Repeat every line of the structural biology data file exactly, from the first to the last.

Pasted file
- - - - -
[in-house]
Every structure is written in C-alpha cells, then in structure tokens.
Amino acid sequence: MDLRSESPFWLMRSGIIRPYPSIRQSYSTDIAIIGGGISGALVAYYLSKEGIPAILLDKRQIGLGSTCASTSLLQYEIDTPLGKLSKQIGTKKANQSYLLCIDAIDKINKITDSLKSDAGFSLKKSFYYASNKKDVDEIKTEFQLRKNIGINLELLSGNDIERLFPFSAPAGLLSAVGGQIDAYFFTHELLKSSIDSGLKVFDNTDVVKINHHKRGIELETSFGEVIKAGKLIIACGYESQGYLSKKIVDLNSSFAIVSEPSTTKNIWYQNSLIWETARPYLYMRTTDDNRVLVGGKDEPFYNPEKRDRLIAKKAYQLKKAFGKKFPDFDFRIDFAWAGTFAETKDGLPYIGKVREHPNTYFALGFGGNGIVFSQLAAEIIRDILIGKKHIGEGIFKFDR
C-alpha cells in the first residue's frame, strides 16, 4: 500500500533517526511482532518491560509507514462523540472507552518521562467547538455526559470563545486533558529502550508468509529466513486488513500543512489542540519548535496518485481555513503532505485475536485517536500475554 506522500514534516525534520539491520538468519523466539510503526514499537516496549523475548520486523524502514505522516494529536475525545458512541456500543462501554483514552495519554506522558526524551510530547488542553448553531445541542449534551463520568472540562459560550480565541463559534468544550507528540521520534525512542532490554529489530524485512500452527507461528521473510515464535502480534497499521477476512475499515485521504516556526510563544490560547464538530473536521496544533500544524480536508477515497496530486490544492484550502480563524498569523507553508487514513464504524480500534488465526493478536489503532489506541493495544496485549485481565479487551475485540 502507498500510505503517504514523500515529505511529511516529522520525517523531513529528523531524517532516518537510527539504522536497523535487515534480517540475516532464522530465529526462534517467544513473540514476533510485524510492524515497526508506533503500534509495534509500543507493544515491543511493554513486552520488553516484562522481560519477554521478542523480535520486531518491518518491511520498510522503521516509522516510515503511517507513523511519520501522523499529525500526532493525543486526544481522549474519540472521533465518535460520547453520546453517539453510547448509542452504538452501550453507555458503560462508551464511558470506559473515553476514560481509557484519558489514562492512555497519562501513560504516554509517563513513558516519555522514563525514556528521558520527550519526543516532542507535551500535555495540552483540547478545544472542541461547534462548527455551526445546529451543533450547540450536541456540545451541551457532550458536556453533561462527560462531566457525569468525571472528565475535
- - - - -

[in-house]
Every structure is written in C-alpha cells, then in structure tokens.
Amino acid sequence: MDLRSESPFWLMRSGIIRPYPSIRQSYSTDIAIIGGGISGALVAYYLSKEGIPAILLDKRQIGLGSTCASTSLLQYEIDTPLGKLSKQIGTKKANQSYLLCIDAIDKINKITDSLKSDAGFSLKKSFYYASNKKDVDEIKTEFQLRKNIGINLELLSGNDIERLFPFSAPAGLLSAVGGQIDAYFFTHELLKSSIDSGLKVFDNTDVVKINHHKRGIELETSFGEVIKAGKLIIACGYESQGYLSKKIVDLNSSFAIVSEPSTTKNIWYQNSLIWETARPYLYMRTTDDNRVLVGGKDEPFYNPEKRDRLIAKKAYQLKKAFGKKFPDFDFRIDFAWAGTFAETKDGLPYIGKVREHPNTYFALGFGGNGIVFSQLAAEIIRDILIGKKHIGEGIFKFDR
C-alpha cells in the first residue's frame, strides 16, 4: 500500500533517526511482532518491560509507514462523540472507552518521562467547538455526559470563545486533558529502550508468509529466513486488513500543512489542540519548535496518485481555513503532505485475536485517536500475554 506522500514534516525534520539491520538468519523466539510503526514499537516496549523475548520486523524502514505522516494529536475525545458512541456500543462501554483514552495519554506522558526524551510530547488542553448553531445541542449534551463520568472540562459560550480565541463559534468544550507528540521520534525512542532490554529489530524485512500452527507461528521473510515464535502480534497499521477476512475499515485521504516556526510563544490560547464538530473536521496544533500544524480536508477515497496530486490544492484550502480563524498569523507553508487514513464504524480500534488465526493478536489503532489506541493495544496485549485481565479487551475485540 502507498500510505503517504514523500515529505511529511516529522520525517523531513529528523531524517532516518537510527539504522536497523535487515534480517540475516532464522530465529526462534517467544513473540514476533510485524510492524515497526508506533503500534509495534509500543507493544515491543511493554513486552520488553516484562522481560519477554521478542523480535520486531518491518518491511520498510522503521516509522516510515503511517507513523511519520501522523499529525500526532493525543486526544481522549474519540472521533465518535460520547453520546453517539453510547448509542452504538452501550453507555458503560462508551464511558470506559473515553476514560481509557484519558489514562492512555497519562501513560504516554509517563513513558516519555522514563525514556528521558520527550519526543516532542507535551500535555495540552483540547478545544472542541461547534462548527455551526445546529451543533450547540450536541456540545451541551457532550458536556453533561462527560462531566457525569468525571472528565475535